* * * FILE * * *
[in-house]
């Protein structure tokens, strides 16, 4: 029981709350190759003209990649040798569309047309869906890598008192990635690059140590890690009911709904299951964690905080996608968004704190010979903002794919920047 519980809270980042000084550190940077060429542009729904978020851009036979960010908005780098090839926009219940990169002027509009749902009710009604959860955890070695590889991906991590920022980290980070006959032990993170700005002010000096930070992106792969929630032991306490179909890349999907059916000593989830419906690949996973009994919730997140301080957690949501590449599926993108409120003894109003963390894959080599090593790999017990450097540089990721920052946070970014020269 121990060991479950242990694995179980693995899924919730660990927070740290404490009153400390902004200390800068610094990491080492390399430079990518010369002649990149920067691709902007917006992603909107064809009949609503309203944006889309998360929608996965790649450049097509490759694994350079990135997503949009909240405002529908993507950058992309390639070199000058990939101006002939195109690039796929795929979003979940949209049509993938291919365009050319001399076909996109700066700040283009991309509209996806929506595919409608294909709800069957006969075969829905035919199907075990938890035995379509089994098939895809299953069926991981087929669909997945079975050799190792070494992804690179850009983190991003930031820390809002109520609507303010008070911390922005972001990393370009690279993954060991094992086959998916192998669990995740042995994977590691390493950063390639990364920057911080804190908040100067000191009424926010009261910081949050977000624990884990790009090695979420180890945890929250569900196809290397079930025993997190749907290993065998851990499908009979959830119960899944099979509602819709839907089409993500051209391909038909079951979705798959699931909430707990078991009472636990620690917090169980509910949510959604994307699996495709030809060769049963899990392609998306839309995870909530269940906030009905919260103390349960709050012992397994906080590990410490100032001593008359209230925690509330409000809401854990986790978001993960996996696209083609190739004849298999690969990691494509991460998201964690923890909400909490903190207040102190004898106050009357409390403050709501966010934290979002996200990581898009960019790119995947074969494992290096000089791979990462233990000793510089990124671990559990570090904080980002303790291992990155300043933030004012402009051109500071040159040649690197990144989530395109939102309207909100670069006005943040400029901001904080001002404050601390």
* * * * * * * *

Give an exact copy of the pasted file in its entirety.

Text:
[in-house]
């Protein structure tokens, strides 16, 4: 029981709350190759003209990649040798569309047309869906890598008192990635690059140590890690009911709904299951964690905080996608968004704190010979903002794919920047 519980809270980042000084550190940077060429542009729904978020851009036979960010908005780098090839926009219940990169002027509009749902009710009604959860955890070695590889991906991590920022980290980070006959032990993170700005002010000096930070992106792969929630032991306490179909890349999907059916000593989830419906690949996973009994919730997140301080957690949501590449599926993108409120003894109003963390894959080599090593790999017990450097540089990721920052946070970014020269 121990060991479950242990694995179980693995899924919730660990927070740290404490009153400390902004200390800068610094990491080492390399430079990518010369002649990149920067691709902007917006992603909107064809009949609503309203944006889309998360929608996965790649450049097509490759694994350079990135997503949009909240405002529908993507950058992309390639070199000058990939101006002939195109690039796929795929979003979940949209049509993938291919365009050319001399076909996109700066700040283009991309509209996806929506595919409608294909709800069957006969075969829905035919199907075990938890035995379509089994098939895809299953069926991981087929669909997945079975050799190792070494992804690179850009983190991003930031820390809002109520609507303010008070911390922005972001990393370009690279993954060991094992086959998916192998669990995740042995994977590691390493950063390639990364920057911080804190908040100067000191009424926010009261910081949050977000624990884990790009090695979420180890945890929250569900196809290397079930025993997190749907290993065998851990499908009979959830119960899944099979509602819709839907089409993500051209391909038909079951979705798959699931909430707990078991009472636990620690917090169980509910949510959604994307699996495709030809060769049963899990392609998306839309995870909530269940906030009905919260103390349960709050012992397994906080590990410490100032001593008359209230925690509330409000809401854990986790978001993960996996696209083609190739004849298999690969990691494509991460998201964690923890909400909490903190207040102190004898106050009357409390403050709501966010934290979002996200990581898009960019790119995947074969494992290096000089791979990462233990000793510089990124671990559990570090904080980002303790291992990155300043933030004012402009051109500071040159040649690197990144989530395109939102309207909100670069006005943040400029901001904080001002404050601390």